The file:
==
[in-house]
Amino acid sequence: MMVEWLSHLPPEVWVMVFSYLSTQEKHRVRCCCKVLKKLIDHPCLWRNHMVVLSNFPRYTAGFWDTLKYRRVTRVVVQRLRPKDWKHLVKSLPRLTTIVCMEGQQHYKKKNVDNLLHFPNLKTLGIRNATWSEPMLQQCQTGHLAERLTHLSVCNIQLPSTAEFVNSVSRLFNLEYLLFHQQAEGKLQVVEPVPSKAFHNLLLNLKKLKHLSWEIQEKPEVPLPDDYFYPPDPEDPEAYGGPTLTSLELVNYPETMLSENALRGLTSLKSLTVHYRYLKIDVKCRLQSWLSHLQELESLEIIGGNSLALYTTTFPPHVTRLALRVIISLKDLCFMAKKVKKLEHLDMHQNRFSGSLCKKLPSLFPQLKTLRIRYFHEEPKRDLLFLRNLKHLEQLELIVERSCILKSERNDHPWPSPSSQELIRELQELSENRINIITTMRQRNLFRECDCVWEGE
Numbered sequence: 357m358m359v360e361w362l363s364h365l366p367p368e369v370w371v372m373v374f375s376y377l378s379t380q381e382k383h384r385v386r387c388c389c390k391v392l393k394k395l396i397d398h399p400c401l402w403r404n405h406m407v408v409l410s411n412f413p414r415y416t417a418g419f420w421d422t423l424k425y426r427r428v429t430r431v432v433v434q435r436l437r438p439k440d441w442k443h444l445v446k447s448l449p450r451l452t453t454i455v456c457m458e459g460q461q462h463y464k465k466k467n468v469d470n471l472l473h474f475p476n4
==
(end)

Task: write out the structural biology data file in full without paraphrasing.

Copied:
[in-house]
Amino acid sequence: MMVEWLSHLPPEVWVMVFSYLSTQEKHRVRCCCKVLKKLIDHPCLWRNHMVVLSNFPRYTAGFWDTLKYRRVTRVVVQRLRPKDWKHLVKSLPRLTTIVCMEGQQHYKKKNVDNLLHFPNLKTLGIRNATWSEPMLQQCQTGHLAERLTHLSVCNIQLPSTAEFVNSVSRLFNLEYLLFHQQAEGKLQVVEPVPSKAFHNLLLNLKKLKHLSWEIQEKPEVPLPDDYFYPPDPEDPEAYGGPTLTSLELVNYPETMLSENALRGLTSLKSLTVHYRYLKIDVKCRLQSWLSHLQELESLEIIGGNSLALYTTTFPPHVTRLALRVIISLKDLCFMAKKVKKLEHLDMHQNRFSGSLCKKLPSLFPQLKTLRIRYFHEEPKRDLLFLRNLKHLEQLELIVERSCILKSERNDHPWPSPSSQELIRELQELSENRINIITTMRQRNLFRECDCVWEGE
Numbered sequence: 357m358m359v360e361w362l363s364h365l366p367p368e369v370w371v372m373v374f375s376y377l378s379t380q381e382k383h384r385v386r387c388c389c390k391v392l393k394k395l396i397d398h399p400c401l402w403r404n405h406m407v408v409l410s411n412f413p414r415y416t417a418g419f420w421d422t423l424k425y426r427r428v429t430r431v432v433v434q435r436l437r438p439k440d441w442k443h444l445v446k447s448l449p450r451l452t453t454i455v456c457m458e459g460q461q462h463y464k465k466k467n468v469d470n471l472l473h474f475p476n4